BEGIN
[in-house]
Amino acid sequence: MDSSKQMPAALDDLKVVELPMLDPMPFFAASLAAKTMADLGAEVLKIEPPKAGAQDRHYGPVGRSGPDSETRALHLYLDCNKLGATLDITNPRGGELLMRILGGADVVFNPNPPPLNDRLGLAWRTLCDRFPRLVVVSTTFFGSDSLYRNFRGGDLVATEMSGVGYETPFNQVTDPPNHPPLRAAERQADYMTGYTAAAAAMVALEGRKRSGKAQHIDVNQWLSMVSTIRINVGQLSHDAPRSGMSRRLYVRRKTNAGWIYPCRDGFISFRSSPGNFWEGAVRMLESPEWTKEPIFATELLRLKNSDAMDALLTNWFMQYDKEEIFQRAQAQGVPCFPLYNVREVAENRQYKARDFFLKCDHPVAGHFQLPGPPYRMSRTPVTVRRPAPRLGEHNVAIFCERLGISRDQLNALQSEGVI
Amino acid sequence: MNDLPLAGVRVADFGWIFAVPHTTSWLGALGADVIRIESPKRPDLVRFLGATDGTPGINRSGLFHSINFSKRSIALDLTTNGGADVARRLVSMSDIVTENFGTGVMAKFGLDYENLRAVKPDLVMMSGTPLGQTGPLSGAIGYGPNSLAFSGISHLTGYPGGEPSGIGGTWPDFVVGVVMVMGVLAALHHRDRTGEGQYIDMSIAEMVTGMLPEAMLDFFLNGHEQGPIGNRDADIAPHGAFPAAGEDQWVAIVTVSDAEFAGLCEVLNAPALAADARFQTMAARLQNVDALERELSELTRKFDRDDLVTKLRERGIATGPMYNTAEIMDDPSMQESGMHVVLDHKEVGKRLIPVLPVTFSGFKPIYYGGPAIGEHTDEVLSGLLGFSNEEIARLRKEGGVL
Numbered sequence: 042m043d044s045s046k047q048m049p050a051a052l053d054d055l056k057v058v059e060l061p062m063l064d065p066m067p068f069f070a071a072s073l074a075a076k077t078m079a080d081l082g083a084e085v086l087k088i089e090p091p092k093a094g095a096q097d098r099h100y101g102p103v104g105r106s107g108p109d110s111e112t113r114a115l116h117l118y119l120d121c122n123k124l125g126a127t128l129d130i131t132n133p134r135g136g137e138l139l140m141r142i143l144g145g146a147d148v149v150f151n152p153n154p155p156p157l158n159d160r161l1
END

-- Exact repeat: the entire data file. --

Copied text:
[in-house]
Amino acid sequence: MDSSKQMPAALDDLKVVELPMLDPMPFFAASLAAKTMADLGAEVLKIEPPKAGAQDRHYGPVGRSGPDSETRALHLYLDCNKLGATLDITNPRGGELLMRILGGADVVFNPNPPPLNDRLGLAWRTLCDRFPRLVVVSTTFFGSDSLYRNFRGGDLVATEMSGVGYETPFNQVTDPPNHPPLRAAERQADYMTGYTAAAAAMVALEGRKRSGKAQHIDVNQWLSMVSTIRINVGQLSHDAPRSGMSRRLYVRRKTNAGWIYPCRDGFISFRSSPGNFWEGAVRMLESPEWTKEPIFATELLRLKNSDAMDALLTNWFMQYDKEEIFQRAQAQGVPCFPLYNVREVAENRQYKARDFFLKCDHPVAGHFQLPGPPYRMSRTPVTVRRPAPRLGEHNVAIFCERLGISRDQLNALQSEGVI
Amino acid sequence: MNDLPLAGVRVADFGWIFAVPHTTSWLGALGADVIRIESPKRPDLVRFLGATDGTPGINRSGLFHSINFSKRSIALDLTTNGGADVARRLVSMSDIVTENFGTGVMAKFGLDYENLRAVKPDLVMMSGTPLGQTGPLSGAIGYGPNSLAFSGISHLTGYPGGEPSGIGGTWPDFVVGVVMVMGVLAALHHRDRTGEGQYIDMSIAEMVTGMLPEAMLDFFLNGHEQGPIGNRDADIAPHGAFPAAGEDQWVAIVTVSDAEFAGLCEVLNAPALAADARFQTMAARLQNVDALERELSELTRKFDRDDLVTKLRERGIATGPMYNTAEIMDDPSMQESGMHVVLDHKEVGKRLIPVLPVTFSGFKPIYYGGPAIGEHTDEVLSGLLGFSNEEIARLRKEGGVL
Numbered sequence: 042m043d044s045s046k047q048m049p050a051a052l053d054d055l056k057v058v059e060l061p062m063l064d065p066m067p068f069f070a071a072s073l074a075a076k077t078m079a080d081l082g083a084e085v086l087k088i089e090p091p092k093a094g095a096q097d098r099h100y101g102p103v104g105r106s107g108p109d110s111e112t113r114a115l116h117l118y119l120d121c122n123k124l125g126a127t128l129d130i131t132n133p134r135g136g137e138l139l140m141r142i143l144g145g146a147d148v149v150f151n152p153n154p155p156p157l158n159d160r161l1